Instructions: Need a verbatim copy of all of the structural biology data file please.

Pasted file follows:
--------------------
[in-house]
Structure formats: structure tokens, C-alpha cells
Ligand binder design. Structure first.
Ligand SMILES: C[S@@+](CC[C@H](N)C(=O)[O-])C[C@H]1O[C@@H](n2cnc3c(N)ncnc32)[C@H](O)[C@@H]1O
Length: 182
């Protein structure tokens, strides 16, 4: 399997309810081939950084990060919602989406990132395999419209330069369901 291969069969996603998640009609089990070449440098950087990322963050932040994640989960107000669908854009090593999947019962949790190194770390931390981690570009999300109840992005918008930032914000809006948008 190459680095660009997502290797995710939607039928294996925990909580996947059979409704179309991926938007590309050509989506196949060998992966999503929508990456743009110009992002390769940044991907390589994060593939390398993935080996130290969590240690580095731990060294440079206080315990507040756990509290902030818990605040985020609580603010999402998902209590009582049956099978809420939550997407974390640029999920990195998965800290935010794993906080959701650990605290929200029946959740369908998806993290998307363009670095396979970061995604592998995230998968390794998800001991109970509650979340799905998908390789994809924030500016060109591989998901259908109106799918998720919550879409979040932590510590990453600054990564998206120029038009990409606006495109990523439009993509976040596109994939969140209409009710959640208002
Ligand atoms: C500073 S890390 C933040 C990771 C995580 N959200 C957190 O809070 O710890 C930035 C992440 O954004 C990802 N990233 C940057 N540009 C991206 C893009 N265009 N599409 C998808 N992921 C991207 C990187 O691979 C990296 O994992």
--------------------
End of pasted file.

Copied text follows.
[in-house]
Structure formats: structure tokens, C-alpha cells
Ligand binder design. Structure first.
Ligand SMILES: C[S@@+](CC[C@H](N)C(=O)[O-])C[C@H]1O[C@@H](n2cnc3c(N)ncnc32)[C@H](O)[C@@H]1O
Length: 182
């Protein structure tokens, strides 16, 4: 399997309810081939950084990060919602989406990132395999419209330069369901 291969069969996603998640009609089990070449440098950087990322963050932040994640989960107000669908854009090593999947019962949790190194770390931390981690570009999300109840992005918008930032914000809006948008 190459680095660009997502290797995710939607039928294996925990909580996947059979409704179309991926938007590309050509989506196949060998992966999503929508990456743009110009992002390769940044991907390589994060593939390398993935080996130290969590240690580095731990060294440079206080315990507040756990509290902030818990605040985020609580603010999402998902209590009582049956099978809420939550997407974390640029999920990195998965800290935010794993906080959701650990605290929200029946959740369908998806993290998307363009670095396979970061995604592998995230998968390794998800001991109970509650979340799905998908390789994809924030500016060109591989998901259908109106799918998720919550879409979040932590510590990453600054990564998206120029038009990409606006495109990523439009993509976040596109994939969140209409009710959640208002
Ligand atoms: C500073 S890390 C933040 C990771 C995580 N959200 C957190 O809070 O710890 C930035 C992440 O954004 C990802 N990233 C940057 N540009 C991206 C893009 N265009 N599409 C998808 N992921 C991207 C990187 O691979 C990296 O994992």